Why Good Cyber Advice Is in Short Supply

The first Cybersecurity Awareness Month was in 2004.  The first ransomware was in 2013.  The Colonial Pipeline infection was in 2020.  Cybersecurity awareness has never been higher.  Yet cybersecurity deteriorates not due to low awareness but poor advice from the “experts”.  Let’s fix this.

Delete Kaspersky.  The Trump administration booted Russian-made Kaspersky,  then Best Buy, Staples and Office Depot followed suit.  Yet Kaspersky persists.  As a nation, we must effectively remove bad software from our networks without government intervention.

Antivirus is obsolete.  Ransomware’s rise is directly related to the inefficacy of antivirus.   Some organizations have moved to modern detect and respond solutions.  Either way, save your money and don’t rely on obsolete, foreign made, and ineffective antivirus to stop ransomware.

Backups no longer work. Backups were great against ransomware from 2013-2017 but now ransomware encrypts backups and hijacks critical data.  Problem is backup promotes its products as a solution to ransomware.

Employers Issue Passwords.  Employees are horrible at choosing passwords, and frequently choose the same passwords for work and home.  Employers should issue passwords rather than letting employees choose them for email, network access, and other hacker entry points.

Change home router password.  Research shows only 1/4th of homes change their router password.  Post pandemic, work-at-home is an all time high, which poses a risk to you and your employer.

Business email compromise.  Aside from ransomware, the FBI reports business email compromise as the second largest cyber threat.  Beware of scams for unusual requests to transfer money.  If you are a victim, the FBI can recover the money if notified quickly.

Malicious links and attachments.  The most common attack vector for cyber crime is still email.  The links and attachments appear remarkably authentic.    Discerning good from bad links and attachments is a critical skill in this ongoing battle with cyber criminals.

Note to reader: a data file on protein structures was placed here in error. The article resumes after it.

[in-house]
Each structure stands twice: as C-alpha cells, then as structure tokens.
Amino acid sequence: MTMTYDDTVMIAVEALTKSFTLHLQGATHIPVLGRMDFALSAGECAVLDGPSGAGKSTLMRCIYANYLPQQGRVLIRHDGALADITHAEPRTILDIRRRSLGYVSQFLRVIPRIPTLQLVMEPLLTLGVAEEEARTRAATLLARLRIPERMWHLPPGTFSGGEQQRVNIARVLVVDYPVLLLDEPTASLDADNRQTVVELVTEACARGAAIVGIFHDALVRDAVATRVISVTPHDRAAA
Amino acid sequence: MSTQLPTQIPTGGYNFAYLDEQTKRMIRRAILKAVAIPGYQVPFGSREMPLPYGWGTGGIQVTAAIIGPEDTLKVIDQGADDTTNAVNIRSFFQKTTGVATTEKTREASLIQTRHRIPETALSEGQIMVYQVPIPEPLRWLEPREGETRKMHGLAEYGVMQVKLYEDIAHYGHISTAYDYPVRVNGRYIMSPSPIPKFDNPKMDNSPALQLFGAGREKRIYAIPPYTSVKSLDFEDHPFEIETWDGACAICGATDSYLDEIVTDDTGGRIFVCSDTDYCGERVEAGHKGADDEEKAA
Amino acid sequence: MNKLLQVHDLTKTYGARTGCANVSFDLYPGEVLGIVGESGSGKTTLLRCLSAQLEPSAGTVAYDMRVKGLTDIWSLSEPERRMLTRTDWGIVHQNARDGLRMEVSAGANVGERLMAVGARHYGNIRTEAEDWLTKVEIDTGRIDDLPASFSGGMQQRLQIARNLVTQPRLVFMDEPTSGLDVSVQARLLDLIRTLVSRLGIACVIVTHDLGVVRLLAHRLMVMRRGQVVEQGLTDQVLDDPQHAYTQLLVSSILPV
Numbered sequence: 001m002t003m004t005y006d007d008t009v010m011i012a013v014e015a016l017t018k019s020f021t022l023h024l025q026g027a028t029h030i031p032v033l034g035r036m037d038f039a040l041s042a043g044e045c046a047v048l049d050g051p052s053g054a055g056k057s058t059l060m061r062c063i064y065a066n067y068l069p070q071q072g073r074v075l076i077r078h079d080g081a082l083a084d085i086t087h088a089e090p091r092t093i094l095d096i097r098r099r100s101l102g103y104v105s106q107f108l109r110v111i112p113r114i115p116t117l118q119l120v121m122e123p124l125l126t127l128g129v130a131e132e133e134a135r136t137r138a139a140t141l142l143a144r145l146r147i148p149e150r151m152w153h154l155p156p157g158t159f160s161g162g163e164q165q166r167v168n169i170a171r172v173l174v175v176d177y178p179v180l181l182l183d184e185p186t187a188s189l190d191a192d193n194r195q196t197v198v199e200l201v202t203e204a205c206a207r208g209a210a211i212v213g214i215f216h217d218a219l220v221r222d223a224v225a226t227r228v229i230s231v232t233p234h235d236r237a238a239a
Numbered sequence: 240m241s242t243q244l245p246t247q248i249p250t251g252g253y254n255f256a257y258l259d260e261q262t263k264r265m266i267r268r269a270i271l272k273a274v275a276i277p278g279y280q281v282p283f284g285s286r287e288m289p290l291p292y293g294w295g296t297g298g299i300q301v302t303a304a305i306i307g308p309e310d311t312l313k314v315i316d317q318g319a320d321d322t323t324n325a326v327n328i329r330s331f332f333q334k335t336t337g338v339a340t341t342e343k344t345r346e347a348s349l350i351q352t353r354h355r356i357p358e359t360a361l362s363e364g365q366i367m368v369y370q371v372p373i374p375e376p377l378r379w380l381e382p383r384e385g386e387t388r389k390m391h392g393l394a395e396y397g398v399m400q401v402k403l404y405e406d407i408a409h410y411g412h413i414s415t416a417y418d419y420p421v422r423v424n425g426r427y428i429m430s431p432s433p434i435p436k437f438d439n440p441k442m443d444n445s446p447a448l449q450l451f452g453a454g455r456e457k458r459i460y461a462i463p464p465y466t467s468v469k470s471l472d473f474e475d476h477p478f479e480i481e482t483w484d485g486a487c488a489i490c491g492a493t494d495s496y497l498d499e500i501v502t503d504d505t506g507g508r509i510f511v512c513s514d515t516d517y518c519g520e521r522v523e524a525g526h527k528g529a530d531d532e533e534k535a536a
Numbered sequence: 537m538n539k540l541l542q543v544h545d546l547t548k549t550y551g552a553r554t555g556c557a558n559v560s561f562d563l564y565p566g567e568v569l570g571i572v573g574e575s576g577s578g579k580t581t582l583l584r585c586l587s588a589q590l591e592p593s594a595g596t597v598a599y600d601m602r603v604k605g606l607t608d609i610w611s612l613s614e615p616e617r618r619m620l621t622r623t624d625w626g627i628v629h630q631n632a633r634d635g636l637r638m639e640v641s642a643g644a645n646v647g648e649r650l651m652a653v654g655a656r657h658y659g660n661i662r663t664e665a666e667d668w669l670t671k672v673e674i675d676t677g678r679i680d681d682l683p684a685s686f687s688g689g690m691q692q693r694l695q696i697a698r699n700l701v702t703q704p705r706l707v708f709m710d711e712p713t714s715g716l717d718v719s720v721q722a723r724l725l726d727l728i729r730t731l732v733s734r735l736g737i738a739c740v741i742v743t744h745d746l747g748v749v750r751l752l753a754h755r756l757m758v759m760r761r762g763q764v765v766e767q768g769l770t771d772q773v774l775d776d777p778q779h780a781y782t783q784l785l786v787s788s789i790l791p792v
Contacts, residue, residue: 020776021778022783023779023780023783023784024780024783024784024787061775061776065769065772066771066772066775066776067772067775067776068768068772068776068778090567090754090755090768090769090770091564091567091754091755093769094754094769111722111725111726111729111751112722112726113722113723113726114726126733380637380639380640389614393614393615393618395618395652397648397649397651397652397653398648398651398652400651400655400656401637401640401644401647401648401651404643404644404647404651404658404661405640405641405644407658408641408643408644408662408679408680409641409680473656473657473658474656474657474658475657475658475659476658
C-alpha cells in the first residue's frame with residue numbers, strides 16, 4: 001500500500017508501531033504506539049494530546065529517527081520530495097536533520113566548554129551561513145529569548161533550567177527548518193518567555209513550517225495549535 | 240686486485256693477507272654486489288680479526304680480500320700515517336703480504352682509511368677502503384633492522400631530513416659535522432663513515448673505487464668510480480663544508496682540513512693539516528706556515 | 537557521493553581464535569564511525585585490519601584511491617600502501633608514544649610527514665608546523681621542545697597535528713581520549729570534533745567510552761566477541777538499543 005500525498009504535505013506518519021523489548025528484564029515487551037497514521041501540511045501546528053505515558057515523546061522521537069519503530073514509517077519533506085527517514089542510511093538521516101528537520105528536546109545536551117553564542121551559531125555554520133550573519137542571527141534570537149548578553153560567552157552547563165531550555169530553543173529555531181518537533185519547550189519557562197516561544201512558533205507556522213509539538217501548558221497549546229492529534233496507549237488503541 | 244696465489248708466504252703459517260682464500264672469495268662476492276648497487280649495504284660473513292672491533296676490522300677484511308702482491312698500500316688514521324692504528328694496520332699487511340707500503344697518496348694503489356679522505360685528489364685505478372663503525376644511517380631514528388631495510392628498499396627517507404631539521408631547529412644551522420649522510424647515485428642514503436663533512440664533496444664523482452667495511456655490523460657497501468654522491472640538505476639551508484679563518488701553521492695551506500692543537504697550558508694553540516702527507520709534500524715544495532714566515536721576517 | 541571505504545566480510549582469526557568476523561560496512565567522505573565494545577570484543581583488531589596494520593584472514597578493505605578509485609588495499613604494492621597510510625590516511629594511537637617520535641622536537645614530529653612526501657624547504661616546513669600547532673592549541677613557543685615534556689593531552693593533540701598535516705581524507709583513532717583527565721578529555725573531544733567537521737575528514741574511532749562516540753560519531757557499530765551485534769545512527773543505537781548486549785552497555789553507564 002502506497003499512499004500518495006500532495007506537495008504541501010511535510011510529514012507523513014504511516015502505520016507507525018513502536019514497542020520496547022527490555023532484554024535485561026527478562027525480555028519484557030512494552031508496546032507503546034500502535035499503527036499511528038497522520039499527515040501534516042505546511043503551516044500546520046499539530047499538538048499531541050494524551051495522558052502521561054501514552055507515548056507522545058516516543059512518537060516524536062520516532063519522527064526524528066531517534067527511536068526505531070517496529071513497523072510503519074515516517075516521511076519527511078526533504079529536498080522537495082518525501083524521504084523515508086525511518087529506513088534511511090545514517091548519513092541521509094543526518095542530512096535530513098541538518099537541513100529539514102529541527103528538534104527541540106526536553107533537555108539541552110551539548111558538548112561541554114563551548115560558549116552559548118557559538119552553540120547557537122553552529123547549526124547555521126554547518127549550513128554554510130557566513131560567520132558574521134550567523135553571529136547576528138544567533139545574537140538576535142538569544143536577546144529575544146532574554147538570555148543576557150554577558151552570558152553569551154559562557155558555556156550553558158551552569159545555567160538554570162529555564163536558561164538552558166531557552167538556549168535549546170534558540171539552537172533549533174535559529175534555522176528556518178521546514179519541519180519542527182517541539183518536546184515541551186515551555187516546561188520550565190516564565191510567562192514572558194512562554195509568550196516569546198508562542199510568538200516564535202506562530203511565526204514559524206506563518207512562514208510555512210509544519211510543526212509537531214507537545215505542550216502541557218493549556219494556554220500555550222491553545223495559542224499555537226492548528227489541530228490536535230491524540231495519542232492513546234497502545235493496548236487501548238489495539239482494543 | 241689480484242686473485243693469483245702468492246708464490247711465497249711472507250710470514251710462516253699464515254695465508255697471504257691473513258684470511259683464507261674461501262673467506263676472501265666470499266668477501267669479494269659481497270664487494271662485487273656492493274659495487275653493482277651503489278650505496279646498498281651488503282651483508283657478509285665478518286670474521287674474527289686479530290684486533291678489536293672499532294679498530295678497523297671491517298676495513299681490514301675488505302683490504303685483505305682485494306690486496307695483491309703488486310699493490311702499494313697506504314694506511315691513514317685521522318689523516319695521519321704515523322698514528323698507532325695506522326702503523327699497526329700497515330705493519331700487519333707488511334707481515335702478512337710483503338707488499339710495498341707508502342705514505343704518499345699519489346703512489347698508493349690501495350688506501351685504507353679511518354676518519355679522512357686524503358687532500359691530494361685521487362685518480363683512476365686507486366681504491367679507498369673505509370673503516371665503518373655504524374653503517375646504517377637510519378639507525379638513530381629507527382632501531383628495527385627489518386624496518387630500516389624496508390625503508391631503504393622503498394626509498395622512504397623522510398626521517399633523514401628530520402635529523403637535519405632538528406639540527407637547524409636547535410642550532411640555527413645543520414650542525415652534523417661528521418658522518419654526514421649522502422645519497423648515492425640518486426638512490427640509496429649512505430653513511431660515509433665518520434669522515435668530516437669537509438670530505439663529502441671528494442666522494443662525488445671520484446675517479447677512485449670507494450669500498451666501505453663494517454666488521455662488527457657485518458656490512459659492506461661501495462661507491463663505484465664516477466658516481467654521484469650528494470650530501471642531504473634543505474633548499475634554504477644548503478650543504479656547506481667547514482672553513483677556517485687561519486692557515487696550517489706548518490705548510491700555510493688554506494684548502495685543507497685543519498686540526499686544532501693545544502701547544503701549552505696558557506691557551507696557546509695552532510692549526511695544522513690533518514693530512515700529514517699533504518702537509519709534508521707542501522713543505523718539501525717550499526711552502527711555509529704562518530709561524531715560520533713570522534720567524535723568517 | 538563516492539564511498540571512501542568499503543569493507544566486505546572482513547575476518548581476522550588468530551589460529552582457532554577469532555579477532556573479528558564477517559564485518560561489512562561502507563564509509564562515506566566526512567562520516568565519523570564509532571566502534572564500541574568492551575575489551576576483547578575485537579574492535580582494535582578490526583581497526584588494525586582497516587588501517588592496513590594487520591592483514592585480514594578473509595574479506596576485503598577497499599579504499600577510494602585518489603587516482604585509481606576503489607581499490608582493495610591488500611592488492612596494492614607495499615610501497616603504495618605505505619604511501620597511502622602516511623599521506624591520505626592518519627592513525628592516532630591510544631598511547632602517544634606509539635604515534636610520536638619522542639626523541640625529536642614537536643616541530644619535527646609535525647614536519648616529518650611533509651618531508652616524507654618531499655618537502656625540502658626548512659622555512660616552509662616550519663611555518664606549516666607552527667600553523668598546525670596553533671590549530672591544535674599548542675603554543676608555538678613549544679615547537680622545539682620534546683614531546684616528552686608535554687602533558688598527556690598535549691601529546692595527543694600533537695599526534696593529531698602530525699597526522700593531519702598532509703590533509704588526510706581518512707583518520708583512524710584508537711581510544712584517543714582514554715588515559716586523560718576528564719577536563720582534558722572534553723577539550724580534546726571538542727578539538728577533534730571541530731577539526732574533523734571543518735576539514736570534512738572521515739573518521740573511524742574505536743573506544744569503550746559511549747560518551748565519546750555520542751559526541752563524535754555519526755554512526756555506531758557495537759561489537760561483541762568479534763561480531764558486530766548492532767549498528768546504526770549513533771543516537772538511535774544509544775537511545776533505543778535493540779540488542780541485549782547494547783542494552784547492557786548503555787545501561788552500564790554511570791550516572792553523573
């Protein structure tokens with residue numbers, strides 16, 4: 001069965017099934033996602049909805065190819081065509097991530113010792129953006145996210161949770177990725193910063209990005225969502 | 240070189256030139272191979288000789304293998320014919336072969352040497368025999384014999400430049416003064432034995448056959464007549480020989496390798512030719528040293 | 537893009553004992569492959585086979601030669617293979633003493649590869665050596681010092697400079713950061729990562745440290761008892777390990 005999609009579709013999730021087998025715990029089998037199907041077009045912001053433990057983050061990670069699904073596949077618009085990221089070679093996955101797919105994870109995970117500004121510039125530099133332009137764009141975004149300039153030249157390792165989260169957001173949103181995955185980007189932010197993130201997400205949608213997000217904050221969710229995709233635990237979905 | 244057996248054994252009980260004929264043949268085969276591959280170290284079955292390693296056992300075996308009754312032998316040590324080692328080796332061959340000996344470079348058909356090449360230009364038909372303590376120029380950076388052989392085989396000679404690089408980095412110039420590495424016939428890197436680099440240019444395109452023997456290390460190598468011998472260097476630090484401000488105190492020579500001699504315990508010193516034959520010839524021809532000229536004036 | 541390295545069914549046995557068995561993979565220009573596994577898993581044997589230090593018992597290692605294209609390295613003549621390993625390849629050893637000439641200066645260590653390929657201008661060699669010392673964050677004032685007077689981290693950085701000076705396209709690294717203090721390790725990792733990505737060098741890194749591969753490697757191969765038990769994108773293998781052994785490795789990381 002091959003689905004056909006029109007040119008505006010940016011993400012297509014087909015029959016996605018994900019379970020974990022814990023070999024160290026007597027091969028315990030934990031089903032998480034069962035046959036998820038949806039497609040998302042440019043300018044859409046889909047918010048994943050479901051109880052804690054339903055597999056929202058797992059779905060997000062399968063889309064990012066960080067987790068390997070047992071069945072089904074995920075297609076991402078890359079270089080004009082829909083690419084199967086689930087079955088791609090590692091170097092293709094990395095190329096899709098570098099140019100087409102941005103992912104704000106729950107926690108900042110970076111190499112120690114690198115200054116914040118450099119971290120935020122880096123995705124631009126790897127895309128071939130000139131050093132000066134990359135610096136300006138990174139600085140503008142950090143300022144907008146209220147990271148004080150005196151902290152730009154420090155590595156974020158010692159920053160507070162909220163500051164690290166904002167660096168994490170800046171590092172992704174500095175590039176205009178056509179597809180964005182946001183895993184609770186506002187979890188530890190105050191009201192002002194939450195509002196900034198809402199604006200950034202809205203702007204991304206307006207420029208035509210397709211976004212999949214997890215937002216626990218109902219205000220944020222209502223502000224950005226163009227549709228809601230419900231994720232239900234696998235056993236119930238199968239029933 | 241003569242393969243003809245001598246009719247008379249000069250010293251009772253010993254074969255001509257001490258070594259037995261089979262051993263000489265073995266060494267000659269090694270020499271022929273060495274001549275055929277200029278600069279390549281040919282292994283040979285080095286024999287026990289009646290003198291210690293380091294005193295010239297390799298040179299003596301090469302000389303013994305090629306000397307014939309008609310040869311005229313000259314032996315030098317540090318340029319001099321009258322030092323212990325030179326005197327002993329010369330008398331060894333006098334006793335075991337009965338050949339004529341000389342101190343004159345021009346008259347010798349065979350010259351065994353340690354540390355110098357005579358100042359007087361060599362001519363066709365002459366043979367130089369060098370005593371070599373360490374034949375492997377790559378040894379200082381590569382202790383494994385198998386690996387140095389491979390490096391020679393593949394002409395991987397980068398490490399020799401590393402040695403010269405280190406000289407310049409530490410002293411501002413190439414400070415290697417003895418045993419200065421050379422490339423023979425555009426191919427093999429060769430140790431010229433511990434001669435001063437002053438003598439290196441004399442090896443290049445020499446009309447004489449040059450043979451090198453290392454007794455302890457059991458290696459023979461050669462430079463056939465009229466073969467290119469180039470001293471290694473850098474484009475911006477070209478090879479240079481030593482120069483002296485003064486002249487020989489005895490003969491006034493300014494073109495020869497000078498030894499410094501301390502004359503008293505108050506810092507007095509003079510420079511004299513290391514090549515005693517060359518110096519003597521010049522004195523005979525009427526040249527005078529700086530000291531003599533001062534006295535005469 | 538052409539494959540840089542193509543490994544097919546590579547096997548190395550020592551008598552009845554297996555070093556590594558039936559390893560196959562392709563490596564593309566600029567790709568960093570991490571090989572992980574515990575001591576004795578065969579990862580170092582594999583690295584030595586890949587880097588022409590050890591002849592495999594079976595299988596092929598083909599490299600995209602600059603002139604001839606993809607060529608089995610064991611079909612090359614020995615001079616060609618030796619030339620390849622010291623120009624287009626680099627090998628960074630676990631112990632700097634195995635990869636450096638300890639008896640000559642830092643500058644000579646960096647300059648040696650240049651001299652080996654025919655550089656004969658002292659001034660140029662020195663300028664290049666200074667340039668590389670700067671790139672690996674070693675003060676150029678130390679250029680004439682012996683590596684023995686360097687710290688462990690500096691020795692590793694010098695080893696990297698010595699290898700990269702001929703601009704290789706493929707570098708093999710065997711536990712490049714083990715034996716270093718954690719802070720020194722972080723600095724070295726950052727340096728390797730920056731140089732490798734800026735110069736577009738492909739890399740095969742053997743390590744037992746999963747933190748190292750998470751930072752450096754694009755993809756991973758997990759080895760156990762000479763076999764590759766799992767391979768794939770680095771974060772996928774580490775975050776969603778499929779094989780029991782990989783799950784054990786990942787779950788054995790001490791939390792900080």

Digital Signatures.  If you write and deploy software, proudly sign your work.  Since ransomware seeks anonymity and avoids attribution, digital signing good software makes it easier to sort out the valid stuff from the bad and malicious ones.

Buzzwords.  Cybersecurity has become more about hype and buzzwords than effective cybersecurity.  Caution should be exercised of products that purport artificial intelligence, machine learning, and zero trust.  Likely these products are expensive with marginal efficacy.

NIST.  In 2018, NIST published the groundbreaking Cybersecurity Framework 1.1.  The framework, although focused on critical infrastructure, is applicable for any segment including cities, counties, K-12, higher education, police departments, small and large business, state governments, the federal government and our military.  Much of the ‘expert’ advice falls outside or is obsoleted by the framework.  The framework can be understood by technical and nontechnical readers alike.

Identify.  The framework is composed of five functions (Identify, Protect, Detect, Respond, and Recover).  The Identify Function is foundational to the effective use of the framework which means one must identify what software and hardware should be on the network first.  NIST has isolated the key flaw in modern cybersecurity.  Identify.  Although the Identify function is foundational, it is ignored or omitted by today’s cybersecurity ‘experts’.

Omitting the Identify function is analogous to not knowing who is supposed to be in your house, and which cars should be on your driveway.  Instead of identifying first, you setup 24×7 surveillance to monitor all people and vehicles and then detect and respond to suspicious activity.  You identify first in your house, and that is how cybersecurity should work too.

Prevention.   The ‘experts’ claim that cyber effectiveness is measured by speed of reaction.  The NIST framework is clear.  Prevention should precede reaction.  Current cyber stacks are analogous to a car with air bags and no brakes.  Whenever the car crashes and the driver dies, new cars have more air bags.  NIST is saying there should be first brakes and then air bags.  

Experts.  There is no Home Security Month, and one day there will be no National Cybersecurity Month when the ‘experts’ read, comprehend, and make recommendations based on the NIST Cybersecurity Framework.  

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